Have you done any freelance work? Is job security with that type of work a big issue in highly populated areas like NYC and LA?
It’s all freelance work. Job security didn’t exist before COVID19, now that’s just an oxymoron. If you want “job security” go work in something other than entertainment. At least entertainers know they don’t have job security. Everyone else is pretending that they do – see current global situation and Nicholas Nassim Taleb’s Turkey Story below… Regular w2 wage workers = turkey.
Do you have one piece of advice for someone who has never tried stand-up before but would like to try?
I wrote a blog post about it here.
In this digital and social media age, do you think it is plausible and sustainable to pursue a career solely online?
Yes. You can become a Youtube/Instagram/TikTok/whatever else star if that’s where your drive and passion is.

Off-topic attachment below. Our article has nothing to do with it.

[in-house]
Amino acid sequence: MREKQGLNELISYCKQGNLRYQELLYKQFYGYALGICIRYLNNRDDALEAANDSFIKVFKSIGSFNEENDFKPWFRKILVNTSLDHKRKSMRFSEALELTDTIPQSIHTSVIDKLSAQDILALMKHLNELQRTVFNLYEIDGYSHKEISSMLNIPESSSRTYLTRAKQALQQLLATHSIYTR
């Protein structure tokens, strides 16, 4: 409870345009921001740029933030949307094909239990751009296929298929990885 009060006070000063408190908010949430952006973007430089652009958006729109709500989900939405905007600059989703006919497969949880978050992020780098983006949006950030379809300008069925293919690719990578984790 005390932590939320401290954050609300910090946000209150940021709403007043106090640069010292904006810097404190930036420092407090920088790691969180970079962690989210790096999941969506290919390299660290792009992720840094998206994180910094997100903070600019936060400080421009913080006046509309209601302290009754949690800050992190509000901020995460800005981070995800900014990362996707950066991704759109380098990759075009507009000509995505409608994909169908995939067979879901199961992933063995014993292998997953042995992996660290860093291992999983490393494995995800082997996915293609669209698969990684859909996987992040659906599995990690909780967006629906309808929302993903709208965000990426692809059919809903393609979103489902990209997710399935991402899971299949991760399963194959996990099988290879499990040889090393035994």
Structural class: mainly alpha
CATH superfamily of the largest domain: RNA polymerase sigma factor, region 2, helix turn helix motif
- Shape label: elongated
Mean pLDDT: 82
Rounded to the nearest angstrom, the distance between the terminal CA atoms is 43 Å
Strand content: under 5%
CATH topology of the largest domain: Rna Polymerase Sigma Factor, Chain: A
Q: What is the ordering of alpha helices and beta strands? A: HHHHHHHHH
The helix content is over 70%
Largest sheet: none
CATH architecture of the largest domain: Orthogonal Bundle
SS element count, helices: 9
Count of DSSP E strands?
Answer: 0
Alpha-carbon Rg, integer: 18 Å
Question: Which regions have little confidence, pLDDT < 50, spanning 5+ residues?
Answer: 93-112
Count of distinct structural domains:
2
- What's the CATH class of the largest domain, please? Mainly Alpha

I take a lot of digital audio classes and am interested in possible producing podcast in the near future. Have you had any experience in this somewhat new and popular media format?
Podcasting isn’t new at this point. It’s a mature medium. I did a podcast for 2 years / 100 episodes with two other comedians. It was fun. I learned the skill of bullshitting for an hour and being funny. We never had huge audience growth, so eventually, we stopped doing it. I’ve also been a guest on dozens of other people’s podcasts.
This is true for podcasting as well as all entertainment, if you’re interested in it and have a passion for it, you should do it. Just don’t expect anything to happen from it other than learning how to do it. (“You’re entitled to your labor but not the fruits of your labor” I believe is the quote.)
Recently with all the institutions closing down, how has the CODVID outbreak affected your field and do you think it will return to normal?
Until there’s a vaccine that gets distributed to the whole population, all live performances are fucked. My guess is that will be the next 6-18 months minimum. It ain’t gonna be pretty.